A Professor of Medicine, Ed Nwobodo, on Wednesday said five per cent of chest cancer cases occurred in men.
Nwobodo, who works at the College of Medicine, Nnamdi Azikiwe University, Nnewi, spoke at the “Go Pink Day’’ organised by an NGO, chest Without Spot, to mark the World Cancer Day in Enugu.
World Health Organisation (WHO) has set aside every Oct. 5 to raise awareness on early detection of cancer and treatment as well as palliative care.
Nwobodo said it was wrong to believe that men do not develop chest cancer.
“There have been several cases of chest cancer in men though, it was not as pronounced as that of women.
“Why such was not often reported was due to reluctance in men to present themselves for screening, as they were fond of hiding their health challenges.
“Men always hide their health challenges and that is why prostate cancer is still going to be an epidemic and big time problem with us, because it is always reported late.
“Current data suggests that we are going to see more and more cancer cases of all sorts among our people.
“However, if we can do away with late detection then, we are well on our ways to winning the war against cancer,” he said.
Nwobodo said chest cancer spread rapidly and could cause other forms of cancer, adding that the disease was not a death sentence, if properly managed.
“We have a choice of doing simple early examination in order to arrest the other consequences of having negative inevitable outcome.
“Those of us in the research world are not sure of whether some societal or living habits, or foods or some environmental issues have arisen and led to these cancers,” he said.
The expert, however, expressed dismay that health systems, which could have been in the fore-front of the crusade against cancer, were not working.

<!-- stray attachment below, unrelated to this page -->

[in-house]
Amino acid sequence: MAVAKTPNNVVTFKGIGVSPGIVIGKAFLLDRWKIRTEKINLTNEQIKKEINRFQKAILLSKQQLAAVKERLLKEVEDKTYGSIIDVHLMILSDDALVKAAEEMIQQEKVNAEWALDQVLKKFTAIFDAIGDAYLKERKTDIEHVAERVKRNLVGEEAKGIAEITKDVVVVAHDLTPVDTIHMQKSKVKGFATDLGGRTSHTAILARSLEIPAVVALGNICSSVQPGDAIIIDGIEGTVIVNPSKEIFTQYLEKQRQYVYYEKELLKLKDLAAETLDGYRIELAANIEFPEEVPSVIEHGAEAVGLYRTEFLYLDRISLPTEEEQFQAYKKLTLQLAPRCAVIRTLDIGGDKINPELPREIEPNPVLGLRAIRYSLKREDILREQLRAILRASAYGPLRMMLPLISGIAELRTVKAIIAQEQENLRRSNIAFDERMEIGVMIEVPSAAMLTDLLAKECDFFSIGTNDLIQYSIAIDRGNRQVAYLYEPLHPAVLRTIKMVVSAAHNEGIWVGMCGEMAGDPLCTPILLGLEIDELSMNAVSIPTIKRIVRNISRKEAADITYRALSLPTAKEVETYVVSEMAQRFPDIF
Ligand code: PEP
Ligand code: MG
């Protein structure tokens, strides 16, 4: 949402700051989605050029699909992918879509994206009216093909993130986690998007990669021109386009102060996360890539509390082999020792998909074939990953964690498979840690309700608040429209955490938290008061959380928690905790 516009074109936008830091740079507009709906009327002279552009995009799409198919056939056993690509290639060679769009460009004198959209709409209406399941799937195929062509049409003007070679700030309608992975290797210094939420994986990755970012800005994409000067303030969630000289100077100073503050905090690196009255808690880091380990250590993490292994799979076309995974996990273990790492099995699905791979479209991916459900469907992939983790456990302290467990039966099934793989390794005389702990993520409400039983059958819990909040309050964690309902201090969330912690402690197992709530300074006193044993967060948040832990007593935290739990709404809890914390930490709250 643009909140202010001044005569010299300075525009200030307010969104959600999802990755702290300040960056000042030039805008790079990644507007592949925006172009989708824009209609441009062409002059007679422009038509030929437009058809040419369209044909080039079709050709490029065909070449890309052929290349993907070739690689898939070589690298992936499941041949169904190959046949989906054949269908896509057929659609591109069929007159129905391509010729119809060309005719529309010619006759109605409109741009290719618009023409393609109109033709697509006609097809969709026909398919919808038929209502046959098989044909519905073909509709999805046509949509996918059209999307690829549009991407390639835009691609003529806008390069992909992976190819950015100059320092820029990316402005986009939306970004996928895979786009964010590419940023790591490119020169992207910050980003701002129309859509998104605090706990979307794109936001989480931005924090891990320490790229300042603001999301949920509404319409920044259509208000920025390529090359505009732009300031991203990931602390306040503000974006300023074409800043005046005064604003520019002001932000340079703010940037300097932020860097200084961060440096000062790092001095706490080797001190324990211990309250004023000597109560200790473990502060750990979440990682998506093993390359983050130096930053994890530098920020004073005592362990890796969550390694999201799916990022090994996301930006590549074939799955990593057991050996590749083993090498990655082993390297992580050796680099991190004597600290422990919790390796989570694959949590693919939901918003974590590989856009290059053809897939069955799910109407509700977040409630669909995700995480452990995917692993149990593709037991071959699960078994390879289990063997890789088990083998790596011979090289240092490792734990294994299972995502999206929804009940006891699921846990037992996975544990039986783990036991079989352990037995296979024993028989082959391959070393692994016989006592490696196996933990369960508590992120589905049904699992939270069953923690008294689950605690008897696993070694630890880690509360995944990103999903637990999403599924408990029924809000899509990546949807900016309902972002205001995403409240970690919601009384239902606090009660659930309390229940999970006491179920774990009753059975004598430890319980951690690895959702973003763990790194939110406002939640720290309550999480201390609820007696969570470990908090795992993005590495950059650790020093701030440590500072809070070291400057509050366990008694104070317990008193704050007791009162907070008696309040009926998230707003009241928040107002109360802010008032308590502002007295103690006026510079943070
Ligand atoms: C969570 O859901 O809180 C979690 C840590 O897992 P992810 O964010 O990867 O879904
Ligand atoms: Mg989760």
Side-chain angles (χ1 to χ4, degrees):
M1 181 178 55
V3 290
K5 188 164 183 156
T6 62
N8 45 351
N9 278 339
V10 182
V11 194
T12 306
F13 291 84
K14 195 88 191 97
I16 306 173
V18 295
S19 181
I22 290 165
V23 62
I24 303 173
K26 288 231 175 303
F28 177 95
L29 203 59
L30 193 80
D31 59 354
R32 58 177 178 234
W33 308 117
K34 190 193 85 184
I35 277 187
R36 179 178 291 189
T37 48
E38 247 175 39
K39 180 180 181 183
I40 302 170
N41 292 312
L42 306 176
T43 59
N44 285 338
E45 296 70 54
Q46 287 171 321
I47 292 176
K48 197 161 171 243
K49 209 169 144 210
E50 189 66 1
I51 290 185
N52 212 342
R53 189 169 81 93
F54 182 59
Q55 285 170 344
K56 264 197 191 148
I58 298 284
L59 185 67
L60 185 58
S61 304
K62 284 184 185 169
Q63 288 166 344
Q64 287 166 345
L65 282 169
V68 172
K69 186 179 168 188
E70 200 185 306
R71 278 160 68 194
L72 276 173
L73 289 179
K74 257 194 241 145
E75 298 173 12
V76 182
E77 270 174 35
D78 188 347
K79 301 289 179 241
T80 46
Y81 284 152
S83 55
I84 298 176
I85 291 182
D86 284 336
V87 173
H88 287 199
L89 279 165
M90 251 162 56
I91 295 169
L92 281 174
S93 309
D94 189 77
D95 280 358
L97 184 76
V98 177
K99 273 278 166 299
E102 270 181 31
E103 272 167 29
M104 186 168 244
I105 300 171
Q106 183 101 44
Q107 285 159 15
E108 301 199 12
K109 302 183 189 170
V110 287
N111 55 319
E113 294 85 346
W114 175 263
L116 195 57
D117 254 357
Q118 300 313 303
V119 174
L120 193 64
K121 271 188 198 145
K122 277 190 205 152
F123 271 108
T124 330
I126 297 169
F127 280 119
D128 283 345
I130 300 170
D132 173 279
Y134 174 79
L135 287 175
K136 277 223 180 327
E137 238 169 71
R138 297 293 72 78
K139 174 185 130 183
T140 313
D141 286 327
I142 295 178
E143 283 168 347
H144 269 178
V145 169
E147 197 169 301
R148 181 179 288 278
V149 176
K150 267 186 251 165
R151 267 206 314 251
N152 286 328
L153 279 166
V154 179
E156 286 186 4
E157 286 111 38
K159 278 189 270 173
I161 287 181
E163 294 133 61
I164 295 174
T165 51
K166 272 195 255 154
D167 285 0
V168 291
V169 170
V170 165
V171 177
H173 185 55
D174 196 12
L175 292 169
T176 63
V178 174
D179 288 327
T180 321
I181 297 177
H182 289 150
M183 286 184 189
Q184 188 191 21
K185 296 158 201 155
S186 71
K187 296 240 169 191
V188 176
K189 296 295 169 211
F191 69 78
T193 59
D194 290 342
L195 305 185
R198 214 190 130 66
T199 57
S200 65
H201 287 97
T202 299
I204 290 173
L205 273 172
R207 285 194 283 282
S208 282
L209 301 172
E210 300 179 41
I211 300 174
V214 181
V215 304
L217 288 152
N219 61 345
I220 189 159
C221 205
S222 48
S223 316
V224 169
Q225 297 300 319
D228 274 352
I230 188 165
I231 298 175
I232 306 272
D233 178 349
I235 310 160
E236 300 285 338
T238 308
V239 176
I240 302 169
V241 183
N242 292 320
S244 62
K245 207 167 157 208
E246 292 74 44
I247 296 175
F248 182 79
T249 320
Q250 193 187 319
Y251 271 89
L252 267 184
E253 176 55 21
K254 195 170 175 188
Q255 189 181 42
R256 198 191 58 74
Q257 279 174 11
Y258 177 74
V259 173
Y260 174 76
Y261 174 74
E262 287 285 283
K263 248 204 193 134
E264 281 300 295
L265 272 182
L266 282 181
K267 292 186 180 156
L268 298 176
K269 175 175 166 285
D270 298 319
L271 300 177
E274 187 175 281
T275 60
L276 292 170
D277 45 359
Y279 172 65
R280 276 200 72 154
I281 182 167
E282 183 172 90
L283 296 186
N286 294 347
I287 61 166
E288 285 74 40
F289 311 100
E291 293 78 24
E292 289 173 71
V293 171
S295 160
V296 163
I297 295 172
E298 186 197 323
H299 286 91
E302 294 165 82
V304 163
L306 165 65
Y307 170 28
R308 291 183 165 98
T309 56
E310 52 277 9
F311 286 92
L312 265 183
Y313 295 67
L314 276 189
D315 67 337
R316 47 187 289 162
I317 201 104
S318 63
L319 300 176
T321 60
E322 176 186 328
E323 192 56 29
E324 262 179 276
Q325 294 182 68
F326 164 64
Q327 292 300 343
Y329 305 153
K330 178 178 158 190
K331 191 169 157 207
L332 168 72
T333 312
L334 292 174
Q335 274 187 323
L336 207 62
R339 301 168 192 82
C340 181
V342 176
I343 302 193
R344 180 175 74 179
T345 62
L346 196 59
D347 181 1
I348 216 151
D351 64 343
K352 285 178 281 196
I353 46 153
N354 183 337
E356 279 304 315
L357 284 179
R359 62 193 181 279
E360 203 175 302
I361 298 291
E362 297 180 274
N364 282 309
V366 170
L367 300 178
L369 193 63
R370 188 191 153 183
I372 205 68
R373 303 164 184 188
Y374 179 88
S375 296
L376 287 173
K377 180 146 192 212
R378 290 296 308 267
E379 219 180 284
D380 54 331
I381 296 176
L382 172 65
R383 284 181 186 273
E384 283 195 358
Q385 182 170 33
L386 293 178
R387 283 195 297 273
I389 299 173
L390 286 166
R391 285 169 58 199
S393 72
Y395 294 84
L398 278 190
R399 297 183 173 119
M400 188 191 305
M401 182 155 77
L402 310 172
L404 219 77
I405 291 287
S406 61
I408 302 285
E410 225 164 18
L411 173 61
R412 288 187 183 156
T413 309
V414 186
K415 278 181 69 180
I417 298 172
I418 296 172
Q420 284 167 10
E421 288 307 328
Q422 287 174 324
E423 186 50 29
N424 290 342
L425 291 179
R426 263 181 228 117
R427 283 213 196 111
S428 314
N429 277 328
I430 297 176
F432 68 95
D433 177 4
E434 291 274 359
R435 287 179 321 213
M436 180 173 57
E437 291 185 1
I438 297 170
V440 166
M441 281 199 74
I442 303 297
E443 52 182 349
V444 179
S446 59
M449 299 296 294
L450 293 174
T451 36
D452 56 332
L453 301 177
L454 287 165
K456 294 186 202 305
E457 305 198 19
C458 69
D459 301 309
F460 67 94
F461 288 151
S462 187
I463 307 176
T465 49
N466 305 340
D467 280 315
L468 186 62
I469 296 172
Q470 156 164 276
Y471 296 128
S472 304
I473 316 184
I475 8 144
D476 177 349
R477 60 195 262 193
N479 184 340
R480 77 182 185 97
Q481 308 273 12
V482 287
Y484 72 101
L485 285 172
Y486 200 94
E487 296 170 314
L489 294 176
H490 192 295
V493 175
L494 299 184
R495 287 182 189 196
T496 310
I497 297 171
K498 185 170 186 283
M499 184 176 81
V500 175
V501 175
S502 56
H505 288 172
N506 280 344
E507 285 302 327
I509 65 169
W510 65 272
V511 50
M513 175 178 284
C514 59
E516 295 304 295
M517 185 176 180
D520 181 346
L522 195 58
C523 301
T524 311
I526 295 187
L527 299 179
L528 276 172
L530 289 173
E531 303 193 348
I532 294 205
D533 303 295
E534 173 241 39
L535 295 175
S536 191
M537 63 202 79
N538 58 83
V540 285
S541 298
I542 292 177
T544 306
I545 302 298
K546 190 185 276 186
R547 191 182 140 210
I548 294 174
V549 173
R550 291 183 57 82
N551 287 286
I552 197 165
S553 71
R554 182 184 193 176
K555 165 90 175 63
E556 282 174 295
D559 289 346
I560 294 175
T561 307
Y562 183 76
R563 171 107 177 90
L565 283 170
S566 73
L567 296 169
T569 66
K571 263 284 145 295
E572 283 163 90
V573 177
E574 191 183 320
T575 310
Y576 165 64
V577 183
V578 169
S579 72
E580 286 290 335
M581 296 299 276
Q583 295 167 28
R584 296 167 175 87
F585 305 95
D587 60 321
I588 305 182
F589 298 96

“Choose 10 hospitals in Enugu State outside University of Nigeria Teaching Hospital and Enugu State University Teaching Hospital, and maybe the specialist hospitals.
“You will not find any medical practitioner from 2.00 p.m., everyone is gone, and it is worse on weekends.
“When you eventually see somebody in the hospitals, they will invent 20 excuses on why they will not attend to you. Even, their facial expressions and approaches will scare you,” Nwobodo said.
He said that there were a lot more that both the governments and non-governmental organisations could to do to provide interventions and sensitise people on the deadly disease.
The consultant said that most people died of ignorance because they had no faith in the health facilities.
“We need to get some forms of community mobilisation because cancer is terribly high in the rural areas.
“Recently, we went on a cancer screening mission in one of the local government areas in the state.
“At some point, when we had seen 150 women and looked at their cervix, 17 of them were positive for cervical cancer, while we discovered 20 women with chest cancer,” he said.
Nwobodo said that in one of the communities where the screening took place, three out of seven men screened for prostate had clear indication of early signs of prostate enlargement or cancer.
“There are no support systems. There are no facilitators to help them to get into a treatment routine such that they can begin to intervene.
“We need to provide rural women with health insurance cover and break the inertia of people wanting to get into the treatment route,” Nwobodo said.
In her remarks, the Programme Manager of the organisation, Mrs Chinenye Okwuosa, said that cancer had created a huge burden and high mortality rate.
Okwuosa attributed the surge to late detection, hence the essence of the sensitisation.
She said that the group would provide free cancer screening in some parts of the state.